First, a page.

Channel Communication Primer

February 16, 2011

Channel Communications

Channel Communications

Above is an image of the first channel communication tests for QuickSilver. By “channel communication” I am referring to a scalable instant-message system using Google’s ChannelAPI.

There is a new Smalltalk class named “Channel” which handles the communications. The only methods that you need to use are:

Channel open: aName handler: aBlock
Channel send: aString

In the example shown, instant messages are being sent between a Firefox browser and an Opera browser; it would also work the same way for hundreds of users scattered around the world.

In each browser, we need to open a “channel” with the same name for both browsers:

Channel open: 'test-channel-1'
handler: [:x | Transcript println: x]

Then, we can simply send messages over the opened channel and they will immediately be available to all subscribers to the channel.

Channel send:
'This is from Firefox to Opera'

Channel send:
'This is from Opera to Firefox'

Sending text (strings) this way is not the most useful way to communicate.

Tomorrow, I will add the serialization capabilities (using JSON) so that we can send *objects* between QuickSilver sessions.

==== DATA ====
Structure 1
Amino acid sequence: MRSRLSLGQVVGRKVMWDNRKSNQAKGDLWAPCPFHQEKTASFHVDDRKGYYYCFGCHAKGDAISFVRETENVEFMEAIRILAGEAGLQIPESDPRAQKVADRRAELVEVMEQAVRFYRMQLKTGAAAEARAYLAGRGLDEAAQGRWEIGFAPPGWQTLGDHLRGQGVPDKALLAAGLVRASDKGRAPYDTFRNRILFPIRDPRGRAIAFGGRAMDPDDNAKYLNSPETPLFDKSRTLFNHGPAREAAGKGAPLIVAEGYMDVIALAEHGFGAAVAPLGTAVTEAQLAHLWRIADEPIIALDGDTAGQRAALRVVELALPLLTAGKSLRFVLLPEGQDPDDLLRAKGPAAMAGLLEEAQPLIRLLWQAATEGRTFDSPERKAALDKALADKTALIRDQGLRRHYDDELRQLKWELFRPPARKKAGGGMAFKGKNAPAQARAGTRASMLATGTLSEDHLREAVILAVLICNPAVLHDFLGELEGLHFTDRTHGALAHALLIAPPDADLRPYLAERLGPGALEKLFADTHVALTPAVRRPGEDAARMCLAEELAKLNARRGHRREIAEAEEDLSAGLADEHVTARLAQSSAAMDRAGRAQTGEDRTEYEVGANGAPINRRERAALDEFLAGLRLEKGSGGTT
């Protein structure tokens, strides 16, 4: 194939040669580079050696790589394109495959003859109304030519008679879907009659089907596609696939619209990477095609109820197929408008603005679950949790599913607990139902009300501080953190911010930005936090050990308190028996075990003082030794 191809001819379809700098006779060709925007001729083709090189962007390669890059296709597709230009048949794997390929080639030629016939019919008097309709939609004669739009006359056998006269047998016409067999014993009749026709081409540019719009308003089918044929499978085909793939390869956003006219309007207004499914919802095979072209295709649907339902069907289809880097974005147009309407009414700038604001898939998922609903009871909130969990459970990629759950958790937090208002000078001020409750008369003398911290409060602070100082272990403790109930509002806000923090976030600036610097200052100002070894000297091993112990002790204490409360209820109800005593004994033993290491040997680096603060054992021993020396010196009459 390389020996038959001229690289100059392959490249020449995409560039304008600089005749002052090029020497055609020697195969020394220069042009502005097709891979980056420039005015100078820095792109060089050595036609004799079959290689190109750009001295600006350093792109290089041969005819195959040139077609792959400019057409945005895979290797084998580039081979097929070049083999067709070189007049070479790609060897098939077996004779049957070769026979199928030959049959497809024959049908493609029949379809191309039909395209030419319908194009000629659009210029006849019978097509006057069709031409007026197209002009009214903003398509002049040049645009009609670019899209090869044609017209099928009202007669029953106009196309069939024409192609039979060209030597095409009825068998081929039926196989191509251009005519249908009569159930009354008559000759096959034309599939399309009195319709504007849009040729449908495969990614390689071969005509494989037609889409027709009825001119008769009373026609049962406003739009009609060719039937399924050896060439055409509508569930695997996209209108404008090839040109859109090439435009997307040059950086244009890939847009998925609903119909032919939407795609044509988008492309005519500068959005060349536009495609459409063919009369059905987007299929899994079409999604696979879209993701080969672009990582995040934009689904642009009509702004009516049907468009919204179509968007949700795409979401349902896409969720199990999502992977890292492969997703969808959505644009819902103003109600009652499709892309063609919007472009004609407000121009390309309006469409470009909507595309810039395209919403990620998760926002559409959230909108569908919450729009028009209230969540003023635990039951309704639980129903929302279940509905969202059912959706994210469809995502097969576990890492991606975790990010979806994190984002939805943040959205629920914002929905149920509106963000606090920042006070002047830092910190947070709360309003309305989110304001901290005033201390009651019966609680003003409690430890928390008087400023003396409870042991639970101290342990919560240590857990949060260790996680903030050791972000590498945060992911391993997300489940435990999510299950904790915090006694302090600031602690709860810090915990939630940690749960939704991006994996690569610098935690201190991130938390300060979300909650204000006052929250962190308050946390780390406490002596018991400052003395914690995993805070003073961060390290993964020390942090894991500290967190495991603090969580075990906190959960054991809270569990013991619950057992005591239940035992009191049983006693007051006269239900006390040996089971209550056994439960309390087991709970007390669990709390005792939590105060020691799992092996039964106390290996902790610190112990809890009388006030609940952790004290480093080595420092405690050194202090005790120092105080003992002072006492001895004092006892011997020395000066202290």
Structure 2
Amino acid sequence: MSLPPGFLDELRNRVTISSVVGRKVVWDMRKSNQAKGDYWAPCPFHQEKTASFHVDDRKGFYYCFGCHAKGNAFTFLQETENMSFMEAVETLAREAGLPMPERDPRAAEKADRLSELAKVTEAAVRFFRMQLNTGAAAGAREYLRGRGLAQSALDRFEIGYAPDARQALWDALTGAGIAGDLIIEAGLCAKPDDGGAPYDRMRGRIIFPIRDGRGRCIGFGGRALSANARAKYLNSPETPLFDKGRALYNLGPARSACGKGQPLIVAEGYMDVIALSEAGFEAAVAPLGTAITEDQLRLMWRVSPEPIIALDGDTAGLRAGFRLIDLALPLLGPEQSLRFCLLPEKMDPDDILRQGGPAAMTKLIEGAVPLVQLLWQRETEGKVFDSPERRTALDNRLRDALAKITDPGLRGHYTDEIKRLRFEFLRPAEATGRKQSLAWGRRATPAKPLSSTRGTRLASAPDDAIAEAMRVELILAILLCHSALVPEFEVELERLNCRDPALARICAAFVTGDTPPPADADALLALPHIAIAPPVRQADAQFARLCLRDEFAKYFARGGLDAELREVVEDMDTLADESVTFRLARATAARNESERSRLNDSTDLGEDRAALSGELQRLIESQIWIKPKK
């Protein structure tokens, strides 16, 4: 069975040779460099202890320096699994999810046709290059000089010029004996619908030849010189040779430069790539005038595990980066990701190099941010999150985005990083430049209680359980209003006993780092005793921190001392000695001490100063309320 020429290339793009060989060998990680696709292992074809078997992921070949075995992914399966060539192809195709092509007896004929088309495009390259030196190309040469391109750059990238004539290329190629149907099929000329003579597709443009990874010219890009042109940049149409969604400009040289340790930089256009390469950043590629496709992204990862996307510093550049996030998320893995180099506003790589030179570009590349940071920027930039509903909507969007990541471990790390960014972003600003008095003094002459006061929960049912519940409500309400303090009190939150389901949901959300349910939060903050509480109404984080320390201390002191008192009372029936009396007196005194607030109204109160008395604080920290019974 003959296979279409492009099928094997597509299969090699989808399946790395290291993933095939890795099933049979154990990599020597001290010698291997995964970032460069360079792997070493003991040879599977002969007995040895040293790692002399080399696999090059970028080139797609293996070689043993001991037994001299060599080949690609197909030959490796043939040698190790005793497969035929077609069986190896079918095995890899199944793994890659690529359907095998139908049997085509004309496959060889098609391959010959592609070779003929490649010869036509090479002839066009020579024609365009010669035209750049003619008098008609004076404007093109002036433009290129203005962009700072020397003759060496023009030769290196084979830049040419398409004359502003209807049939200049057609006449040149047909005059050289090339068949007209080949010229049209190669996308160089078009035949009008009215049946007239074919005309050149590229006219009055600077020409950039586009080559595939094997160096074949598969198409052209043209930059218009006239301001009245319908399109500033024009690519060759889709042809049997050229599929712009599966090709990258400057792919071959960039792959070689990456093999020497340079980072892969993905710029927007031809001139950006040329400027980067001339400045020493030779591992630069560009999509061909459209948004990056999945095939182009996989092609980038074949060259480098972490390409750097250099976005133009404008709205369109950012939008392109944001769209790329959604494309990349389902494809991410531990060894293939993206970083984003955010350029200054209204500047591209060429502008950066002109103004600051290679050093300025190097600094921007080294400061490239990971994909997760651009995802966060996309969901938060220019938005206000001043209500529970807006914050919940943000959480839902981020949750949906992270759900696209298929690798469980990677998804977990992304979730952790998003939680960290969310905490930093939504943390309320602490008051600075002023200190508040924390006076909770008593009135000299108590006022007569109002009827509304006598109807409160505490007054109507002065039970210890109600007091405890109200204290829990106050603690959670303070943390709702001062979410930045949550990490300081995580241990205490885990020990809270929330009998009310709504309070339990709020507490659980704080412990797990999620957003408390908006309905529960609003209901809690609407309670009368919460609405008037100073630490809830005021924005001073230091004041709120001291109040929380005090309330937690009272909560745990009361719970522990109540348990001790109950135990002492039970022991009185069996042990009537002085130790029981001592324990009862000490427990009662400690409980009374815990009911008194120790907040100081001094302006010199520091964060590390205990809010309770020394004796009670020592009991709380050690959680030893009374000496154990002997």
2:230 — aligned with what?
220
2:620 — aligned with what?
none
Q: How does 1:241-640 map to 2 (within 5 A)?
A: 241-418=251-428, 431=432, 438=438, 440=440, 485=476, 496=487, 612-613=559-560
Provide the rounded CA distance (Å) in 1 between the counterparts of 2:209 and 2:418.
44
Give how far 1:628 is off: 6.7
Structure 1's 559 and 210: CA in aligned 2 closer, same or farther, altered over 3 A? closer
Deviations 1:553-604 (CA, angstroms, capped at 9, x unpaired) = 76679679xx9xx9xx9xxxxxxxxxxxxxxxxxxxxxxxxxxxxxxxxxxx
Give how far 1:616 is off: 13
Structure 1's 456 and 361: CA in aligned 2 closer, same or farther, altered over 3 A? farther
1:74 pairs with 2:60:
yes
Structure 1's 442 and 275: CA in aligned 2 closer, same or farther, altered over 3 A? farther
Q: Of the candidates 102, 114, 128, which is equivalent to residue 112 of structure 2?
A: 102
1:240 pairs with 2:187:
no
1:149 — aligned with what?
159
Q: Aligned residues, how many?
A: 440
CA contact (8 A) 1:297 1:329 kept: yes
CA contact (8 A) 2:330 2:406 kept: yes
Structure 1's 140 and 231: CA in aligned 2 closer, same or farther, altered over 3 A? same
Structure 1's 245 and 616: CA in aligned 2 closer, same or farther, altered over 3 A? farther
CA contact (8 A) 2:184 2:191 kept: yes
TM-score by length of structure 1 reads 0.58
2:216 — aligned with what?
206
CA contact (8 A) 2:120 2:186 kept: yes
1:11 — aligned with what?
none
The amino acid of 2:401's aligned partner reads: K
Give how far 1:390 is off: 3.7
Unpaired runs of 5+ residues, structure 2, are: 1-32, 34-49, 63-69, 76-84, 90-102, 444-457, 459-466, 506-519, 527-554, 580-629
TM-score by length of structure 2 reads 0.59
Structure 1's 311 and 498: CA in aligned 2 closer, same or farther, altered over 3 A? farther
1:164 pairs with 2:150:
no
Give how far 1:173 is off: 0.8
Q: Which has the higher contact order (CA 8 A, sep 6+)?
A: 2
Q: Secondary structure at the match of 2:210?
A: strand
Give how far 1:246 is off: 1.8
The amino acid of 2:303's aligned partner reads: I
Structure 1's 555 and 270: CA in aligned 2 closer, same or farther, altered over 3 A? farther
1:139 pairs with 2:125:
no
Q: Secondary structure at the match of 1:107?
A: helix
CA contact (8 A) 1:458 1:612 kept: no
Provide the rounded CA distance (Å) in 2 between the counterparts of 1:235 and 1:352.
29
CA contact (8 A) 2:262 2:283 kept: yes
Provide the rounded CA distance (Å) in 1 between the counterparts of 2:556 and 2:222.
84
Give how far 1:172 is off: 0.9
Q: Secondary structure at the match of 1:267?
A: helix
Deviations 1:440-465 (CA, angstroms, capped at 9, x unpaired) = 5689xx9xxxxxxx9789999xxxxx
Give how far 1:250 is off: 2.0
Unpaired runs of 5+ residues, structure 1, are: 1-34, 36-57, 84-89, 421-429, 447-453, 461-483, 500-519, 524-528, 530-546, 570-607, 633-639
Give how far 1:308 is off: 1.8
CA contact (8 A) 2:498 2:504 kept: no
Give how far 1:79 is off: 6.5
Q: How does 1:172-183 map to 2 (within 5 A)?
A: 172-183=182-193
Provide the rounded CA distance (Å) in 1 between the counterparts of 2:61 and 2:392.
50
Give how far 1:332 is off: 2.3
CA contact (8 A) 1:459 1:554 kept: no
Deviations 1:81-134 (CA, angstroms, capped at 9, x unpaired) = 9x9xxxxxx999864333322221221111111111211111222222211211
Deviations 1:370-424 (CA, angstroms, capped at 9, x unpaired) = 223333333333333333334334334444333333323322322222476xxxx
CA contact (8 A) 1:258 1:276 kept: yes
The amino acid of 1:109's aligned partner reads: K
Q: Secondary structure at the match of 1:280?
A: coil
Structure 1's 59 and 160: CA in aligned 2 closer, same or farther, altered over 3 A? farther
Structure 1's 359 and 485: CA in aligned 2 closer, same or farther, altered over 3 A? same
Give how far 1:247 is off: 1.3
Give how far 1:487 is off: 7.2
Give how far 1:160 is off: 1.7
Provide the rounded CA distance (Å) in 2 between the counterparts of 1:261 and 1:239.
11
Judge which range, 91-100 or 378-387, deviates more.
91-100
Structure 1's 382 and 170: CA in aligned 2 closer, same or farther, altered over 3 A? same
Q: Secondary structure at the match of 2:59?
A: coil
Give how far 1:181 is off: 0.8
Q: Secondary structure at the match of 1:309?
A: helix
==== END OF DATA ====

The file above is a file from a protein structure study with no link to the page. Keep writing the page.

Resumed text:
After that, we can start building some very interesting communication and collaboration tools.


6 Responses to “Channel Communication Primer”

  1. Jose Says:


    You can add user (or nick) to communication when create the channel:

    Channel open: ‘test-channel-1’ for: ‘aUser’
    handler: [:x | Transcript println: x]

    And use as prefix of message:

    ‘aUser says: This is from Opera to Firefox’

    • Jose Says:

      JSON communication allows you to identify: sender (user) and message.

      Imagine that you can post private messages to concrete user posting to his channel (channel name = user name)

  2. Steffen Says:

    Great, your project is evolving really quick! I impressed by all the things you have achieved so far.

  3. Steffen Says:

    One question: What happend to the silverlight and Java VM implementations, are they still alive? If yes, where can I find them?

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